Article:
Mental Model To


When my girls were young, they attended the Marlborough School in Los Angeles, where I sat on the Board of Advisors with Charlie Munger. It was the mid 90s…right when he came out with his famous speech, The Psychology of Human Misjudgment. It was fascinating to sit alongside him and learn the world of cognitive biases and how the brain works.

Munger opened up the conversation of models… a fancy way of saying “thinking tools.” 

There are endless mental models, but one that has helped me upgrade my brain is called First Principles Thinking. 

 First Principles Thinking is when you reverse-engineer tricky situations by separating underlying ideas from assumptions. What’s left on the table is the essentials. The theory is that if you know the first principles of something, you can stack the rest of your knowledge around it to create something new. 

In a recent conversation with Dr. Patrick Porter on The Art of Living podcast, we discussed how to use First Principles Thinking when it comes to staying healthy for life. 

Listen to the full podcast with Dr. Porter here! 

Here’s how Patrick said you can navigate around the brain’s strict rules to lose weight and experience the benefits of a healthy lifestyle for years to come….

[PATRICK PORTER]:  I think the one thing people don’t realize is the brain has very strict rules. It says, “Hey, this is the way we’ve always done things.” It’s going to try to keep doing them that way regardless of what we want to do or how we want to do it. It’s something called neuroplasticity… which means that we need to break that up a little bit. And there are a few ways to do that. 

Number one is you have to reframe. For people setting goals, they say that they only last about 14 days, because they don’t have it as part of their nature yet. You have to change the script or flip the switch in your brain that says, “Hey! Look, this is my lifestyle now. This isn’t something I’m doing to lose weight,” because that’s not a very good goal. But a bigger goal, a massive goal, like, “I want to be healthy. I want to be there for my grandkids. I want to be there for my spouse.” 

Something that’s bigger than you has to be at the end of that goal. That’s kind of the character that you have to have..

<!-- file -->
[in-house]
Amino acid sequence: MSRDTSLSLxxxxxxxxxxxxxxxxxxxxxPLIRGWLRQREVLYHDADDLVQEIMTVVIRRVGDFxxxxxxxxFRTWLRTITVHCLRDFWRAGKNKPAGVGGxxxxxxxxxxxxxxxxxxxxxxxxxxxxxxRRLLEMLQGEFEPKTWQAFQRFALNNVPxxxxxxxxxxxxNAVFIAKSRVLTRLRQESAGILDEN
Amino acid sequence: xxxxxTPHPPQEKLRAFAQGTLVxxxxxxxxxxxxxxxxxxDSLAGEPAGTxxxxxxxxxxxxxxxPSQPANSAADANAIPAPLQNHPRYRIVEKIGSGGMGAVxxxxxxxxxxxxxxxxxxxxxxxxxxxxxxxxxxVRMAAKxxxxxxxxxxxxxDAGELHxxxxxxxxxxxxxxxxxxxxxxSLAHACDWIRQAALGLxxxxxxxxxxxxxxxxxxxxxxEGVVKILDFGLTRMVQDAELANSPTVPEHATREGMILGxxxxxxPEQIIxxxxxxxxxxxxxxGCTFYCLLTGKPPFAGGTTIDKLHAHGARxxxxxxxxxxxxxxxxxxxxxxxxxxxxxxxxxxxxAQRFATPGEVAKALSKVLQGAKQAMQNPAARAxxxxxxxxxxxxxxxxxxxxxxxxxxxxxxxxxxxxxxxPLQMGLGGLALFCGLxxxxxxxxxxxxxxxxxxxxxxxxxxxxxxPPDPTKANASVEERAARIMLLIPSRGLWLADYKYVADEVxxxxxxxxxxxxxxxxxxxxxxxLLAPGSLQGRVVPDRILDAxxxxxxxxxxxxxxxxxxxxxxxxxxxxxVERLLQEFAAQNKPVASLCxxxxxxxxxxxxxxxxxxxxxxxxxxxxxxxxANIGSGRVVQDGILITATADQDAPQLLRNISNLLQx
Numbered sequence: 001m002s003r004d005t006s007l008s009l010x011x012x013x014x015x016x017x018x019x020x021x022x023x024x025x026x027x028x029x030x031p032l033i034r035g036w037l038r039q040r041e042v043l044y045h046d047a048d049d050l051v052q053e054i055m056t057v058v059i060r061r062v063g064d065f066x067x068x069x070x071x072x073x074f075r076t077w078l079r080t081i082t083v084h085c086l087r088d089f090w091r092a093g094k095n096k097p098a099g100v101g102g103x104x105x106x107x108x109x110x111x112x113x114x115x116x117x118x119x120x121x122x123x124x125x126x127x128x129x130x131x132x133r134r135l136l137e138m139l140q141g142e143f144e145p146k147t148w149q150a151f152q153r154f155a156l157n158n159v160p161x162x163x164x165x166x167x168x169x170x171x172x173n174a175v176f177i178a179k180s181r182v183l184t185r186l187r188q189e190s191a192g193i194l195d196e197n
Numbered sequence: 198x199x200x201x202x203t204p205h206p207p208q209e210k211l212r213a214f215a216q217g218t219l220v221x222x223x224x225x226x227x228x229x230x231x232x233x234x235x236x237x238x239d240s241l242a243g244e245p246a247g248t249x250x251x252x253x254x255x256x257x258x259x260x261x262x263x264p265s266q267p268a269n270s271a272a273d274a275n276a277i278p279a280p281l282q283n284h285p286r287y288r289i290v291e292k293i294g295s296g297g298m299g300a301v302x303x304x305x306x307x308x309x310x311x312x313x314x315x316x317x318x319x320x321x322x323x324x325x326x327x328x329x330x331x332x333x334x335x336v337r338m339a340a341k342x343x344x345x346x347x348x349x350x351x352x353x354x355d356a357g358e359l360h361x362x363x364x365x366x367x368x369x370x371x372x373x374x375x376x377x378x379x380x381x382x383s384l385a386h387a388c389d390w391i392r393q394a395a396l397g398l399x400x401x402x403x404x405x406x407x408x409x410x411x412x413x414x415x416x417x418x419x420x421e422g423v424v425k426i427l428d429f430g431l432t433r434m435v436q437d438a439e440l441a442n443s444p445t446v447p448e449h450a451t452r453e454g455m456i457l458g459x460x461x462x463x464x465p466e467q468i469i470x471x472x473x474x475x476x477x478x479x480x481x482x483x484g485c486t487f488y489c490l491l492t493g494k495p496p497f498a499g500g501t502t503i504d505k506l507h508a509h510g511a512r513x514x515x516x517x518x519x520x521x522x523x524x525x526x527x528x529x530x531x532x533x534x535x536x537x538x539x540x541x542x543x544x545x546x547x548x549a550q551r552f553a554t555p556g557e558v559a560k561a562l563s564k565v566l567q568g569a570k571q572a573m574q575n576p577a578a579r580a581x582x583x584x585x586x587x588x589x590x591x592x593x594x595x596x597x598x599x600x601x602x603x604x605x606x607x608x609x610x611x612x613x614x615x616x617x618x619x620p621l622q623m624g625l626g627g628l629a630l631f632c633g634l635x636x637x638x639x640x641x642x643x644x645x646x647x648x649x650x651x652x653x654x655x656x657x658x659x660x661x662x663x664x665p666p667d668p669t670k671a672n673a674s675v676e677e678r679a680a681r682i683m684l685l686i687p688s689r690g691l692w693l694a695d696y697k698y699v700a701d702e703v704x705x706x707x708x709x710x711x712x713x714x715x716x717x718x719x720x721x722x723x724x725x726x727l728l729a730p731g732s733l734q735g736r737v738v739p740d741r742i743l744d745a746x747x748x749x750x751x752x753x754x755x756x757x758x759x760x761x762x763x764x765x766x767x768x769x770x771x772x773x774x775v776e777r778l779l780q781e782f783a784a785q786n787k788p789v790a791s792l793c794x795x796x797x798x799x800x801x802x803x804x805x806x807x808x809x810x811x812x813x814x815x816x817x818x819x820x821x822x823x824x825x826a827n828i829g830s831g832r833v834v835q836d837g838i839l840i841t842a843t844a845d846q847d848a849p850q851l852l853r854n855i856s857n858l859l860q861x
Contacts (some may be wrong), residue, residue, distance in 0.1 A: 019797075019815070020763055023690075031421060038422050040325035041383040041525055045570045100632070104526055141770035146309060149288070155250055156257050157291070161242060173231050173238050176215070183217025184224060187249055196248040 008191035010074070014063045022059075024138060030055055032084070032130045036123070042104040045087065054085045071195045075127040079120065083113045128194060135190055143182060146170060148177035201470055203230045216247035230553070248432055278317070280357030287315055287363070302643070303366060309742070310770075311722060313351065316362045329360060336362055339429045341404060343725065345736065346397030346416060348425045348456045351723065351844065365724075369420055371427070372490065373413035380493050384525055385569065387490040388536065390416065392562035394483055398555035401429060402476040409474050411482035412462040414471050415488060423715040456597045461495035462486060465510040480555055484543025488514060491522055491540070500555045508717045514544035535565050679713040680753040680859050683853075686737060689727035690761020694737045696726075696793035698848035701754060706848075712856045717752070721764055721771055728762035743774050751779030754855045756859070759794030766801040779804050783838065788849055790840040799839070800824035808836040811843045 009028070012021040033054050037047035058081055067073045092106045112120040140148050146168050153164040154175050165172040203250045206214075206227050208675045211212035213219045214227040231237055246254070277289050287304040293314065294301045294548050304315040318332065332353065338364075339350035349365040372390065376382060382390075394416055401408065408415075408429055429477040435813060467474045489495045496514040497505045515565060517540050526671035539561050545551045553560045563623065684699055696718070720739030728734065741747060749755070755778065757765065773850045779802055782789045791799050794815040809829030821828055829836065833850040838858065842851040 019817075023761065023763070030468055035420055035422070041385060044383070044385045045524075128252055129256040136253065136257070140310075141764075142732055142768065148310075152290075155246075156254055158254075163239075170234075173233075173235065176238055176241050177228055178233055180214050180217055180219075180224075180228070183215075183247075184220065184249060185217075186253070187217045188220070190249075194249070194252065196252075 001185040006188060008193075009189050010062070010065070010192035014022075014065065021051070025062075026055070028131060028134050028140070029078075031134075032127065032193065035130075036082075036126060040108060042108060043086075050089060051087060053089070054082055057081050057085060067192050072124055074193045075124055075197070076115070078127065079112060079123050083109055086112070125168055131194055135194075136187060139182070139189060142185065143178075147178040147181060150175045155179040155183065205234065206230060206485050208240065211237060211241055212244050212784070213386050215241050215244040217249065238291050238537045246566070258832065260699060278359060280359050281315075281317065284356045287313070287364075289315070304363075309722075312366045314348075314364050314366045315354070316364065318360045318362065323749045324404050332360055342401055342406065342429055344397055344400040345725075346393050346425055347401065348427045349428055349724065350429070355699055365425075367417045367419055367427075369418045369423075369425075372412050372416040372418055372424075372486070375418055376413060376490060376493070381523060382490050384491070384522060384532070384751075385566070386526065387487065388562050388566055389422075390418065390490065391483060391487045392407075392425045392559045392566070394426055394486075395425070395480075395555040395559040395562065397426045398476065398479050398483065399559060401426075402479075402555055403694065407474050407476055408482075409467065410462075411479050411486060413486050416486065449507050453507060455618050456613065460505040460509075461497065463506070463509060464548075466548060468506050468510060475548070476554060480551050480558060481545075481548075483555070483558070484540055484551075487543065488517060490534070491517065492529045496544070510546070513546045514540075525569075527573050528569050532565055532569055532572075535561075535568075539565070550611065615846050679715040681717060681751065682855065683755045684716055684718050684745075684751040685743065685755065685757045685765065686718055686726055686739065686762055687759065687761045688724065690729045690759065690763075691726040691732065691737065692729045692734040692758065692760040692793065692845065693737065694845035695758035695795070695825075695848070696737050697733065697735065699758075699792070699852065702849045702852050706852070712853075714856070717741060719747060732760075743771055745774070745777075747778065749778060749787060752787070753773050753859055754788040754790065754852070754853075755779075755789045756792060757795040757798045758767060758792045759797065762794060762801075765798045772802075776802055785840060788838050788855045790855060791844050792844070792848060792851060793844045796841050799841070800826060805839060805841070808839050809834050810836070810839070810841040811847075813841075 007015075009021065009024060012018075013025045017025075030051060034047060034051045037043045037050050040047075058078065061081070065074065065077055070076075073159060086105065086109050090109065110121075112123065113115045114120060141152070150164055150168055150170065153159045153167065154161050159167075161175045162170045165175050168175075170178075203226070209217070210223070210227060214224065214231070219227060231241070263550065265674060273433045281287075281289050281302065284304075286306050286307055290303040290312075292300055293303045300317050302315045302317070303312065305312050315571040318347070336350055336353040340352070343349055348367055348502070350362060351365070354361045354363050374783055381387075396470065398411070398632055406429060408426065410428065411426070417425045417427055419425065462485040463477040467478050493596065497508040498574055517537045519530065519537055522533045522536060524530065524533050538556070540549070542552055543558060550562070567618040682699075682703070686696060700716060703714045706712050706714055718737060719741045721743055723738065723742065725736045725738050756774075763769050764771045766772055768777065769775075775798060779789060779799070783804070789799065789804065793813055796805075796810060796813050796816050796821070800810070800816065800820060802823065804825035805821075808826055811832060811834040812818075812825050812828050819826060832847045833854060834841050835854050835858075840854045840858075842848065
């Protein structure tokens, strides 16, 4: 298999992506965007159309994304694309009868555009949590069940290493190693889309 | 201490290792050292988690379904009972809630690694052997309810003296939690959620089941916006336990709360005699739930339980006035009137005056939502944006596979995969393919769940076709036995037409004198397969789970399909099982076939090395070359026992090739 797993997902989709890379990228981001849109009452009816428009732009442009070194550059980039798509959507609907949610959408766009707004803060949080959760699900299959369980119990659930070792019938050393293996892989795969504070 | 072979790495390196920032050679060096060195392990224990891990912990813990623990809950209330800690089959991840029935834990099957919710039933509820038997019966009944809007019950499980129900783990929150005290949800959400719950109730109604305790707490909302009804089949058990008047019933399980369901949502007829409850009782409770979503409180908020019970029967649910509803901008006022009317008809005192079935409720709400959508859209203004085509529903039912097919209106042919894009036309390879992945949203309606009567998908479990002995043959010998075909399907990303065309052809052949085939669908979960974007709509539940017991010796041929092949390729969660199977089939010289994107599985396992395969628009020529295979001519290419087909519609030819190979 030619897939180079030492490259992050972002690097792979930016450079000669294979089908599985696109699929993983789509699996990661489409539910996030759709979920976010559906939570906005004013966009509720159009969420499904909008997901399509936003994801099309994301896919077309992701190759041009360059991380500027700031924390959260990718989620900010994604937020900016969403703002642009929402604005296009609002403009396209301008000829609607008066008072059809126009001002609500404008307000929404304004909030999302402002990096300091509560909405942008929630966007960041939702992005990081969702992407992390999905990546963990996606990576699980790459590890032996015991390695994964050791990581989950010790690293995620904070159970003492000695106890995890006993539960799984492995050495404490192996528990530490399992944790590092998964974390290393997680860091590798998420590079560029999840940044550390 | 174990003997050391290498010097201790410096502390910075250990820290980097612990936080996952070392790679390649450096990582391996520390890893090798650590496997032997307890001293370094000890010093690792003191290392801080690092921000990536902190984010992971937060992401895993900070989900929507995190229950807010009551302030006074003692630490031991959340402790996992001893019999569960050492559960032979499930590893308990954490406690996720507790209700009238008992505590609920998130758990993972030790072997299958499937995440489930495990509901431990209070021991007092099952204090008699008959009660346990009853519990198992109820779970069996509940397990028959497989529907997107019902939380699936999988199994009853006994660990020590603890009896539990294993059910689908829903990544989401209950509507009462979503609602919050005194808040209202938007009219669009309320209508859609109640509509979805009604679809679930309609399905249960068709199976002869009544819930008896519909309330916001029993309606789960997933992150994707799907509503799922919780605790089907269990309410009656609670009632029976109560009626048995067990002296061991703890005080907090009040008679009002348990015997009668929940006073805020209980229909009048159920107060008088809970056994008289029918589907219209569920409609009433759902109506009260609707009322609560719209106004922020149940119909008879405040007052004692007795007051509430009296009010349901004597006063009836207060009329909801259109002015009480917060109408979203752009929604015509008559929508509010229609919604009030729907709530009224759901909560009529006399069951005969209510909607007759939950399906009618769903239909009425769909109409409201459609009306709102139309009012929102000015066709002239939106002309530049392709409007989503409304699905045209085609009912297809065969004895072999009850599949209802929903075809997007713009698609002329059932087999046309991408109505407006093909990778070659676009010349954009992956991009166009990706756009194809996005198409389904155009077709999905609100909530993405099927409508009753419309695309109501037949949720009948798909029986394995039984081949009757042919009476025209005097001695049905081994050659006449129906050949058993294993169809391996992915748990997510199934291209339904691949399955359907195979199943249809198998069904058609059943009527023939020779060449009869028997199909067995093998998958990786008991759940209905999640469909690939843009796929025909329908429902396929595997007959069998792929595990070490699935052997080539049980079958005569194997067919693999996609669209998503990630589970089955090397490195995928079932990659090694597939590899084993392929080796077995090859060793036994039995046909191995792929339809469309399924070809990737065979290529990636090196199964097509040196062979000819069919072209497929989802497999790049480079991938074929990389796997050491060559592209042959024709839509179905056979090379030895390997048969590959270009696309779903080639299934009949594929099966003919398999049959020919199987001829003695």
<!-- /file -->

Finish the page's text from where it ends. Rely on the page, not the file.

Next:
[KATHY SMITH]:  Right. I know we talk about external cues, to your point, like losing weight or slimming down your waistline. But what I try to reinforce are the internal cues that really keep you motivated for a lifetime. And what are those? “Well, I feel so much more energetic.” “I feel more confident.” “I feel more alert.” “I feel more focus.”

And tuning into those inner cues is, honestly, what keeps me going. Because I can’t go a day without any kind of movement, because of how I feel. Is there some way we can start to turn that switch on?

[PATRICK PORTER]:  Well, unfortunately, they say that we’re, 25% of the time, unconscious, which means that we just pretend we don’t know. So, one thing is to become more aware of what we’re doing, how we’re doing it, and really be honest with ourselves. And then, when we have a chance, we’ve got to take action at the moment. 

We can’t say, “Do you know what? I’m going to do this or do that. And then, later, I’m going to change it.” The brain really wants that change to be made at that point of stress. Stress is how the brain grows. It usually doesn’t grow– there’s a lovely meaning that was going around that had a little button over here, and then, it said, “Your comfort zone.” And then, it said, “Your success is over here.” 

People don’t understand that they have to be willing to go through a little bit of pain. One of the sayings I used to have for my clients over the years is, “Anything worth doing well is worth doing terribly at first.” People think they have to be perfect at first. Get rid of the perfection and look for progress. Progress is the key. And then, don’t beat yourself up. Every day is a new experience. In fact, we used to tell people that every meal, you have a chance to either turn your body into a fat-burning machine or a fat-storage machine. 

So, when you look at that one meal, so what; you had a bad meal. Big deal. Get over that. What are you going to do next? Because you didn’t get where you’re at with one decision. There were a series of decisions that were unconscious. If 25% of the time, we’re not even following through with what our main goals are because basically we fall asleep pretty much is what happens. We just say, “Oh, well, stress has got me.” Or “I’ve got all this to do. I don’t have time to do these things.” We’ve got to also become a priority.